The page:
A Brief History of Saint Mark – The Beginnings
In 1899, in order to accommodate the increasing numbers of Catholic families who were crowding into the Ashmont section and found it hard to attend their parish church in Lower Mills, built a substantial wooden Chapel that would seat seven hundred people, and dedicated it to Saint Mark the Evangelist, with Saint Gregory’s being the “Mother Church”. . It had a brick foundation and was built at the corner of Dorchester Avenue and Roseland Street.
The territory around the new Chapel of Saint Mark began to fill up with homes so fast in the next five years that it became necessary to make Saint Mark an independent parish on December 17, 1905 when it was placed by Archbishop Williams under the care of Father John A. Daly.
The Boundaries of Saint Mark's Parish are the same today as they were in the beginning, and are as follows-on the North by Melville Avenue and Parkman Street; on the East by Adams Street; on the South by Ashmont Street, and on the West by Washington Street. With these tight boundaries Saint 'Mark's Parish is probably the smallest parish territorially in the whole country. It is only three quarters of a mile square, with the church in almost the exact center. Very soon after Father Daly took charge it became evident that soon he would have to build a larger church as well as a parish school and convent and to prepare for that rapidly expanding population. In May, 1910 the Gately Estate on Samoset Street for $7,500 and two years later the adjoining farm land extending to Centre Avenue for $3,000. This today is the site of the school and convent. Then in another two years he secured the large Driscoll Estate for $12,000 on which the present church is built.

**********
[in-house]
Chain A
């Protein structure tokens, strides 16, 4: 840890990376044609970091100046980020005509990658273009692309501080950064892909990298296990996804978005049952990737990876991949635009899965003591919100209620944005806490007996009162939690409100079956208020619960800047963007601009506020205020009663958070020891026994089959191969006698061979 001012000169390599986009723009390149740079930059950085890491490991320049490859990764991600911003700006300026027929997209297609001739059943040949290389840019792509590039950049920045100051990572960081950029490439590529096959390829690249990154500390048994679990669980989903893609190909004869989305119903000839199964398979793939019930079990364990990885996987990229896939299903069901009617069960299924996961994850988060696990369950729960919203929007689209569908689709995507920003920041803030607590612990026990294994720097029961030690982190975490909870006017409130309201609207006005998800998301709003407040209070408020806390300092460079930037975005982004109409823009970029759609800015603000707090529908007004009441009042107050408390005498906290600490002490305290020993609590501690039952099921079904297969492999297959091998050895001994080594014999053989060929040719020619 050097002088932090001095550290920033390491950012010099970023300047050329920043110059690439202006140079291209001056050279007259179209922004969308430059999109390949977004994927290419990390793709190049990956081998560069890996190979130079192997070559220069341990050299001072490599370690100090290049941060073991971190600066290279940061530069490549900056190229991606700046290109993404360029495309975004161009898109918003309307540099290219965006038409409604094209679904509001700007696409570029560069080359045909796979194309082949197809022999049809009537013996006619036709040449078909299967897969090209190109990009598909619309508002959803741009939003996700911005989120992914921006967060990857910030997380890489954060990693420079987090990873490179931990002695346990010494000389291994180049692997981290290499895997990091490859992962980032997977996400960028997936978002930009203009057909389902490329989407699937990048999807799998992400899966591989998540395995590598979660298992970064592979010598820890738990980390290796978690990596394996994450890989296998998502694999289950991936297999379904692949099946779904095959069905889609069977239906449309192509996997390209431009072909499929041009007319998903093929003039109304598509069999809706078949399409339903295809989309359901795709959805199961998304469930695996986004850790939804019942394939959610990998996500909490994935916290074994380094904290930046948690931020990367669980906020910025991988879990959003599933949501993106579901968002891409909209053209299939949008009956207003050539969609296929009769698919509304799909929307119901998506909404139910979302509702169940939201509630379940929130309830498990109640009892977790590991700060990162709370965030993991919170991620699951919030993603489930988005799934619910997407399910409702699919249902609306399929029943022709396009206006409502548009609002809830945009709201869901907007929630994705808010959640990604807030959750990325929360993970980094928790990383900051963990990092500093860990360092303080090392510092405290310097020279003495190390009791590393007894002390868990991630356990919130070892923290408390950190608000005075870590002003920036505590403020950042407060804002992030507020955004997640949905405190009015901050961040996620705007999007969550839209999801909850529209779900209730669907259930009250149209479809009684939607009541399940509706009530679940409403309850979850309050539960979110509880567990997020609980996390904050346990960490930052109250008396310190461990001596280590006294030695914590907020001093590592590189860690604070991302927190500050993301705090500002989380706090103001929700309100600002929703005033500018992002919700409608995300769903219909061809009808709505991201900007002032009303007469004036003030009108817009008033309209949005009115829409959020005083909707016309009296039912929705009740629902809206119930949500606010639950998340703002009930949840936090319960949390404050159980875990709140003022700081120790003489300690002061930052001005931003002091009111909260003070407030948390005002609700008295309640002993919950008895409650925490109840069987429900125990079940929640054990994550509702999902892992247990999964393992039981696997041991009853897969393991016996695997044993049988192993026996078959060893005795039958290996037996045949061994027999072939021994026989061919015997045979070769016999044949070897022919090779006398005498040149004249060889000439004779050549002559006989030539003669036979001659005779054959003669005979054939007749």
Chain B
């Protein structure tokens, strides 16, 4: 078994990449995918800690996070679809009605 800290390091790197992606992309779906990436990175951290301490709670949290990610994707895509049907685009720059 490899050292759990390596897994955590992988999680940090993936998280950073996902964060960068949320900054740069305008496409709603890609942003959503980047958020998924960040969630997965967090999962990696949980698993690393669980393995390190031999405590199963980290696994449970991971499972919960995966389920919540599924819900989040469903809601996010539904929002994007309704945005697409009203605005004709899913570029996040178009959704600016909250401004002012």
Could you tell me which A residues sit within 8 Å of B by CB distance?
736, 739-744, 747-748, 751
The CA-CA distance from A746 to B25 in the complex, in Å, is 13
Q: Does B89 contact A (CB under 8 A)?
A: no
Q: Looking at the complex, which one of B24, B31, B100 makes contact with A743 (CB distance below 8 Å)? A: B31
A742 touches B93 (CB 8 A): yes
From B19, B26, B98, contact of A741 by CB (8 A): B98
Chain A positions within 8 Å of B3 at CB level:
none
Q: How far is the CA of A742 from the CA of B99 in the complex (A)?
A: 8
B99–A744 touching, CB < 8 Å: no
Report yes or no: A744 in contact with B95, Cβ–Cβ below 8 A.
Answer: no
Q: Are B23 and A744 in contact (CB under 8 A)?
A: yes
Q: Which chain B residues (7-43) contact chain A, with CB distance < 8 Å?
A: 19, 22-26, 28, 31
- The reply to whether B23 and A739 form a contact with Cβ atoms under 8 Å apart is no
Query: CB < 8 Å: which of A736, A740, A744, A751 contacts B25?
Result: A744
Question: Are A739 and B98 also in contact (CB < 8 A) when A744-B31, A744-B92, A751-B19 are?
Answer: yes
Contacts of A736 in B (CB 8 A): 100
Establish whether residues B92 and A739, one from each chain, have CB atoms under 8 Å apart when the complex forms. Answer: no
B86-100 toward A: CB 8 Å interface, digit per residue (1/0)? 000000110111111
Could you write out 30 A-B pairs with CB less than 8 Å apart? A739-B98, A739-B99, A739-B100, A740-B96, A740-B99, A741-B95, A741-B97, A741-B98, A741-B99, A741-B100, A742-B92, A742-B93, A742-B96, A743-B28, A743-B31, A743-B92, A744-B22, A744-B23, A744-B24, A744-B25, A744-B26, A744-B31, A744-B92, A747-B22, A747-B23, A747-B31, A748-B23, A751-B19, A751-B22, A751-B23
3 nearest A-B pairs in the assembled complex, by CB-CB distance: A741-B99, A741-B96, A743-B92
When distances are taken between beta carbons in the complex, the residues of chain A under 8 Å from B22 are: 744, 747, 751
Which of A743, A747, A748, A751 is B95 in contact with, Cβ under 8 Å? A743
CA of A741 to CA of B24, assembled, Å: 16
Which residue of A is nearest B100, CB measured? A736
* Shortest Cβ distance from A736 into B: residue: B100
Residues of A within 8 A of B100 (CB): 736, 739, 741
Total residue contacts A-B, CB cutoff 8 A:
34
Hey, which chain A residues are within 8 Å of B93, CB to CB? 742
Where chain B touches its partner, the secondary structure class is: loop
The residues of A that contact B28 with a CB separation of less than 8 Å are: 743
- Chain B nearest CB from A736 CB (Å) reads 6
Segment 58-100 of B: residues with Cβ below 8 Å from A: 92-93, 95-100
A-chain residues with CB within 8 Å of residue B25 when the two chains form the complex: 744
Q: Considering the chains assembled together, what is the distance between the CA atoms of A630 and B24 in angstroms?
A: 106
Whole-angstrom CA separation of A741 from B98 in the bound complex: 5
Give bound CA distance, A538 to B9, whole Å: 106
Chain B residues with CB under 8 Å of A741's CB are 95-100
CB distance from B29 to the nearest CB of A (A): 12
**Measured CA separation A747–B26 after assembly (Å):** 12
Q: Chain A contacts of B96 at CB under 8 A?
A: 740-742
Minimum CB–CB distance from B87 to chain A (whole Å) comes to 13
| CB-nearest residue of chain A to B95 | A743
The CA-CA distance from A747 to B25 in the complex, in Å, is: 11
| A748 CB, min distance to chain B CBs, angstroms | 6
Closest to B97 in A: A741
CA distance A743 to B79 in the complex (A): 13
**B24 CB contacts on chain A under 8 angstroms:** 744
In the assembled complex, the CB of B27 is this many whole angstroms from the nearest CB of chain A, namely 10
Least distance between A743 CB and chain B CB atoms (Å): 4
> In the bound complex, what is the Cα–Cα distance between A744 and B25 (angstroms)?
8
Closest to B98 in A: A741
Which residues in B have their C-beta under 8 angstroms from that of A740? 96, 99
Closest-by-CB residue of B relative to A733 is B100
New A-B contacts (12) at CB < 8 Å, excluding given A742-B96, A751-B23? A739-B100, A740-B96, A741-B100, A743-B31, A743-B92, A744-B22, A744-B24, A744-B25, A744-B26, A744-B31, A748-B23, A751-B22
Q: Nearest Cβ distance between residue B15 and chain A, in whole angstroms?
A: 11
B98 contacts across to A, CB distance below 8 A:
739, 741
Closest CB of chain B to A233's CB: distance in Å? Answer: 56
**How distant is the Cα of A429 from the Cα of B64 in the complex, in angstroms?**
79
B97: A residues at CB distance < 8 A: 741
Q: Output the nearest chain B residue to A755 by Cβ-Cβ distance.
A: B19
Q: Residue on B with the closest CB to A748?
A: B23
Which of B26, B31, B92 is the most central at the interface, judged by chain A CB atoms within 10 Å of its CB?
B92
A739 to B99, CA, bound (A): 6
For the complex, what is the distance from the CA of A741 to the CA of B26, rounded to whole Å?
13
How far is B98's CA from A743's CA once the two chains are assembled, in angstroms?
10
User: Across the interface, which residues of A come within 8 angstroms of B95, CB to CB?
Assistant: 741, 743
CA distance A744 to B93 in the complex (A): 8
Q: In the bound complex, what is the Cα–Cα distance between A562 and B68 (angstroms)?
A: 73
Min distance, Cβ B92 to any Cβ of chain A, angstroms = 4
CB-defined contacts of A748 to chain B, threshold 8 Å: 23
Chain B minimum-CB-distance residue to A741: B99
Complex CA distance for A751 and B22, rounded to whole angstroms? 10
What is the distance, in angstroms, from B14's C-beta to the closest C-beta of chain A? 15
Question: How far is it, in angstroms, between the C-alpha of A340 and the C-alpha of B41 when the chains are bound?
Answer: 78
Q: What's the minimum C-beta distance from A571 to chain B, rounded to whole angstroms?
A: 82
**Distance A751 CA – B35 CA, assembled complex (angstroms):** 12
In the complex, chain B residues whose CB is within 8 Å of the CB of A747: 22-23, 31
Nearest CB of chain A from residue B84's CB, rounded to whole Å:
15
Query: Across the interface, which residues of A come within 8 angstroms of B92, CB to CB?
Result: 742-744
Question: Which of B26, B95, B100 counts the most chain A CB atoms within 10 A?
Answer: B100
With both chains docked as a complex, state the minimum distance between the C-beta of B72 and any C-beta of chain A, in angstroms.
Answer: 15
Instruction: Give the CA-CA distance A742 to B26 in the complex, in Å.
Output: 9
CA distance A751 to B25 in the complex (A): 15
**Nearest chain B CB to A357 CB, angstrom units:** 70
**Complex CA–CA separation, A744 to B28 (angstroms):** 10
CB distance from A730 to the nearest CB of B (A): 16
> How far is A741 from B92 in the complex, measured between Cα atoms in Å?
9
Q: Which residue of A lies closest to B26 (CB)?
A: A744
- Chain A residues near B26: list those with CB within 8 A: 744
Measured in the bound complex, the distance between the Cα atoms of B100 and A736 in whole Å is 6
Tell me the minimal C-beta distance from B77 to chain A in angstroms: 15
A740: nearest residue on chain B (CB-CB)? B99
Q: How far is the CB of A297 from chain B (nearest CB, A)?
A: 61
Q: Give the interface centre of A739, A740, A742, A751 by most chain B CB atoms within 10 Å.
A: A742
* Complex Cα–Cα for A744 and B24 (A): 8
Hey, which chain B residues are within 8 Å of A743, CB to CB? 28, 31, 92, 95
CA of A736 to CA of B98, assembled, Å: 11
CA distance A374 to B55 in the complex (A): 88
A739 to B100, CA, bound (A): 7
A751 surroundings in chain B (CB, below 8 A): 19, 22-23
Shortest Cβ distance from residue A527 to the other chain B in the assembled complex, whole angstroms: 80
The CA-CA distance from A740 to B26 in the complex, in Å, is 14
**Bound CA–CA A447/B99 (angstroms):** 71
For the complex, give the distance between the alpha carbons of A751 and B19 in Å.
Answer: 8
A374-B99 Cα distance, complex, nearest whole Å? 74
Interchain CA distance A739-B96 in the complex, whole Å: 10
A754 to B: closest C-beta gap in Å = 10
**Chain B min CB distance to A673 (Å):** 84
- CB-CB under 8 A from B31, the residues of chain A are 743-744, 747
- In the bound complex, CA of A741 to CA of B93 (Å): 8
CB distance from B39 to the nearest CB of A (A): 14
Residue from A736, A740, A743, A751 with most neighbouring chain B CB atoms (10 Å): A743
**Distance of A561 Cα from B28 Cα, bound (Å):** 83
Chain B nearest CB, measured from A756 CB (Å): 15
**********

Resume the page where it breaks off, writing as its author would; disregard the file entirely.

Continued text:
In this same year, 1914 the new church was begun on the fourth of February and in less than a year it was ready for occupancy January 24, 1915. It was solemnly dedicated Sunday May 30, 1915 by His Eminence William Cardinal O'Connell, a college classmate of Father Daly. The new church is constructed of brick in Tudor Gothic style, with sandstone trim.